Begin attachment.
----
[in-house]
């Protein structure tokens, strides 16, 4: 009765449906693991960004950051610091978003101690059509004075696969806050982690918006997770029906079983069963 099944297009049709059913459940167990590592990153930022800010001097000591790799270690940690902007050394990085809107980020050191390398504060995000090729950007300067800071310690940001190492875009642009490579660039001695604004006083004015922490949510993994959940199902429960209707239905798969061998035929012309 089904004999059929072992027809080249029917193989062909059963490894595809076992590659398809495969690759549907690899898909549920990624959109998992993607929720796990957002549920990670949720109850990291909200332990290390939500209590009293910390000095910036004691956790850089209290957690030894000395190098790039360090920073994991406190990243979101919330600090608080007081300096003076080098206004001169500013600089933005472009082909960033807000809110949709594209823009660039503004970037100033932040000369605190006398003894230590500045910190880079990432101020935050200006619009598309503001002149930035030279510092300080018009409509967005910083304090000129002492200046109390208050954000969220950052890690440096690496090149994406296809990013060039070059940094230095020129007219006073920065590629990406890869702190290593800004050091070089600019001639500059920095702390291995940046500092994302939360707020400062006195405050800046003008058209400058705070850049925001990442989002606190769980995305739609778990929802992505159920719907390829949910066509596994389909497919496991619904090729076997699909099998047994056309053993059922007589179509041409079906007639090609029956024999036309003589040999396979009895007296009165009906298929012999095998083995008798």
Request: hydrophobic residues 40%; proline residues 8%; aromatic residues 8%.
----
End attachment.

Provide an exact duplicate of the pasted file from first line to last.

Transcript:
[in-house]
């Protein structure tokens, strides 16, 4: 009765449906693991960004950051610091978003101690059509004075696969806050982690918006997770029906079983069963 099944297009049709059913459940167990590592990153930022800010001097000591790799270690940690902007050394990085809107980020050191390398504060995000090729950007300067800071310690940001190492875009642009490579660039001695604004006083004015922490949510993994959940199902429960209707239905798969061998035929012309 089904004999059929072992027809080249029917193989062909059963490894595809076992590659398809495969690759549907690899898909549920990624959109998992993607929720796990957002549920990670949720109850990291909200332990290390939500209590009293910390000095910036004691956790850089209290957690030894000395190098790039360090920073994991406190990243979101919330600090608080007081300096003076080098206004001169500013600089933005472009082909960033807000809110949709594209823009660039503004970037100033932040000369605190006398003894230590500045910190880079990432101020935050200006619009598309503001002149930035030279510092300080018009409509967005910083304090000129002492200046109390208050954000969220950052890690440096690496090149994406296809990013060039070059940094230095020129007219006073920065590629990406890869702190290593800004050091070089600019001639500059920095702390291995940046500092994302939360707020400062006195405050800046003008058209400058705070850049925001990442989002606190769980995305739609778990929802992505159920719907390829949910066509596994389909497919496991619904090729076997699909099998047994056309053993059922007589179509041409079906007639090609029956024999036309003589040999396979009895007296009165009906298929012999095998083995008798």
Request: hydrophobic residues 40%; proline residues 8%; aromatic residues 8%.